The cases of Chester, and Durham, counties palatine within the realm, shall conclude this fatigueing ramble. Chester was an earldom and a county, and in 21 year of king R. 2. A. D. 1397, it was by an act of parliament, erected into a principality, and several castles and towns, were annexed to it, saving to the king the rights of his crown. This was a county palatine, and had jura regalia, before this erection of it, into a principality. But the statute which made it a principality, was again repealed, by 1. H. 4. c. 3. and in 1399, by the 1. H. 4. c. 18. Grievous complaints were made to the king in parliament, of murders, manslaughters, robberies, batteries, riots, &c. done by people of the county of Chester, in divers counties of England. For remedy of which it is enacted, that if any person of the county of Chester, commit any murder or felony in any place out of that county, process shall be made against him by the common law, 'till the exigent,1 in the county where such murder or felony was done: and if he flee into the county of Chester, and be outlawed, and put in exigent for such murder or felony, the same outlawry or exigent, shall be certified to the officers and ministers of the same county of Chester, and the felon shall be taken, his lands and goods within that county shall be seized as forfeit into the hands of the prince, or of him that shall be lord of the same county of Chester, and the king shall have the year and day and waste; and the other lands and goods of such felons, out of said county, shall remain wholly to the king, &c. as forfeit. And a similar provision in case of battery or trespass, &c.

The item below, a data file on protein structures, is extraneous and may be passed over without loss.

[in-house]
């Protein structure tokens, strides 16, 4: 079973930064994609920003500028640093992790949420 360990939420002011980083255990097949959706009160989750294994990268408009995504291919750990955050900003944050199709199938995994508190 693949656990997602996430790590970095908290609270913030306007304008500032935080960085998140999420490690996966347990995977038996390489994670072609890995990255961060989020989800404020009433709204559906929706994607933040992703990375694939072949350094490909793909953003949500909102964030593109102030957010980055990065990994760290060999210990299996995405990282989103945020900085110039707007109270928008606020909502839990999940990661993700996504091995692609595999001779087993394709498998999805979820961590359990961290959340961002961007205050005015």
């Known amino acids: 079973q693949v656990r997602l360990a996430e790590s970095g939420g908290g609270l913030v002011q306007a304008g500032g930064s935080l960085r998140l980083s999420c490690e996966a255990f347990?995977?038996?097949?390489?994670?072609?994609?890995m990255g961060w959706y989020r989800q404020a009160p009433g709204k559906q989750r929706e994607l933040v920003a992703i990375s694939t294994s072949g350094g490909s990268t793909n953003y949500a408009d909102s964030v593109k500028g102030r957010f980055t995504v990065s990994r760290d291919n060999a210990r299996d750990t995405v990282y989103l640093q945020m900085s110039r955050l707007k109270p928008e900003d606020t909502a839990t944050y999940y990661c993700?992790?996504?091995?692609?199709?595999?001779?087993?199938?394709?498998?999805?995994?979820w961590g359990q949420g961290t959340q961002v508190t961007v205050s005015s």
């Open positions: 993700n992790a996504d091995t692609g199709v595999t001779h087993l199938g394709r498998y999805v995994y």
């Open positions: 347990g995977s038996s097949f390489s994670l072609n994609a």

Considering the great seal of England, and the process of the kings contracts did not run into Chester, it was natural that malefactors should take refuge there and escape punishment, and therefore a statute like this, was of indispensible necessity, and afterwards in 1535, another statute was made, 27. H. c. 5. for the making of justices of peace within Chester, &c. Recites the king, considering the manifold robberies, murthers, thefts, trespasses, riots, routs, embraceries, maintenances, oppressions, ruptures of his peace &c. which have been daily done within his county palatine of Chester &c. by reason that common justice hath not been indifferently ministred there, like and in form as it is in other places of this his realm, by reason whereof the said criminals have remained unpunished; for redress whereof, and to the intent that one order of law should be had, the king is 375impowered to constitute justices of peace, quorum, and goal delivery, in Chester, &c.

By the 32. H. 8. c. 43. another act was made concerning the county palatine of Chester, for shire days.